TV, Xbox or PlayStation. How Much Power for a Mobile, Marine, or Off-Grid Electrical System?

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If you are trying to use your TV to watch some movies or fire up the Xbox or Playstation for some gaming powered from your mobile, marine, or off-grid electrical system; you need to know how much power those devices use on a day-to-day basis so you can size your batteries and solar appropriately, and that’s exactly what I’m going to teach you here in lesson #4 of this Electrical System Sizing Chapter of the Mobile, Marine, and off-Grid Electrical Academy.

Now the methods of estimating power usage I’m going to teach you in this video will work for nearly everything you can plug into a standard wall outlet, so if you keep an open mind and think critically, you’ll be able to apply this information to your own specific project.

Calculating TV/Gaming Console Power Consumption – VIDEO

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How much power does a gaming console use?

A TV, Playstation, Xbox, or really anything else that plugs into a standard household wall outlet is rated to operate at a certain number of watts.

My Xbox Series X has a 315W power supply inside of it based on a few Google searches

I could theoretically just multiply the watts of the device x how long I’m playing to get the watt hours used, which would work, and would be an overestimate.

I’m going to show you a more accurate way.

Devices like these aren’t using their full-rated wattage at all times or even very often.  More often than not; they are using a fraction of this rating.

I actually stumbled across this article by Microsoft where they tested the Xbox at various times during gameplay.  For example, the main menu, the pause screen, active rendering, and loading screens all have different power consumptions, anywhere from 70W to 150W.  And these numbers change depending on the game being played and how graphically demanding it is.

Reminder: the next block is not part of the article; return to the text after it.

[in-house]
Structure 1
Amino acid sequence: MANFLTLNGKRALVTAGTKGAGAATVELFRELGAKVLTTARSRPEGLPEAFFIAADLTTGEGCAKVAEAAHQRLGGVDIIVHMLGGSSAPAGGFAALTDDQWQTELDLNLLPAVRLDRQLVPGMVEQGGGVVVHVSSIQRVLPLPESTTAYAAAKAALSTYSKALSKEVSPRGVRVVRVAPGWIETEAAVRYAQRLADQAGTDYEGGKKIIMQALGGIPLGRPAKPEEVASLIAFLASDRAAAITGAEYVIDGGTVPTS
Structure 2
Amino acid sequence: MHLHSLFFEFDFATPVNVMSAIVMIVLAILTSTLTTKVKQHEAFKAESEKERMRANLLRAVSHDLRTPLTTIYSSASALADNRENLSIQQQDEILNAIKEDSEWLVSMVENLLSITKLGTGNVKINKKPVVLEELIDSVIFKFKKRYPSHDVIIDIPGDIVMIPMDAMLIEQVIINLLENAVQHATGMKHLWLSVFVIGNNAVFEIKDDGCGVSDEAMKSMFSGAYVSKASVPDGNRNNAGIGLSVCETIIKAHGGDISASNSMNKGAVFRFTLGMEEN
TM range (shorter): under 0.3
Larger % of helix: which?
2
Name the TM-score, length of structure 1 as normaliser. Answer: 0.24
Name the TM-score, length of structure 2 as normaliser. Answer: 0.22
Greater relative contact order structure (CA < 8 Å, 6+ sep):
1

So to try to say, “Well, I plan on gaming for 2 hours tonight, with 5% of the time spent on a pause screen, which is 70W and then another 10% in loading screens which is 74W, then the remaining time in active gameplay and cutscenes which is 146W and 95W, respectively… well… those calculations simply aren’t reasonable unless you just like doing math unnecessarily; which if you do… more power to you… but that’s not what we are going to do here.

So, here’s how to actually figure out how much power our playstation, xbox, and TV uses..

You’ll need to get one of these AC power meters for about $15, plug your Xbox, playstation, or TV into it, plug the meter into the wall… fire them up for a couple of hours, and record the results.

Last night I plugged a power strip into the power meter, turned on my TV and Xbox series X, and hunted a 3-star badger for about 2 hours to craft my legends of the east satchel, which after those two hours of play this resulted in .629 kwh of power draw being shown on the meter.

Moving the decimal three places to the right to convert from kilowatt hours to watt-hours gives me a result of 629 Wh being used.

In the context of an off-grid battery bank, if this power were being drawn from a 12V battery bank, 629 watt hours divided by 12V results in 52 amp hours, which is 52% of a 100Ah 12V battery for those two hours of Xbox and TV usage.


Now you should have a good idea of how to calculate the power used by a TV, Xbox, playstation, or most any other type of entertainment system in a mobile, marine, or off-grid electrical system.


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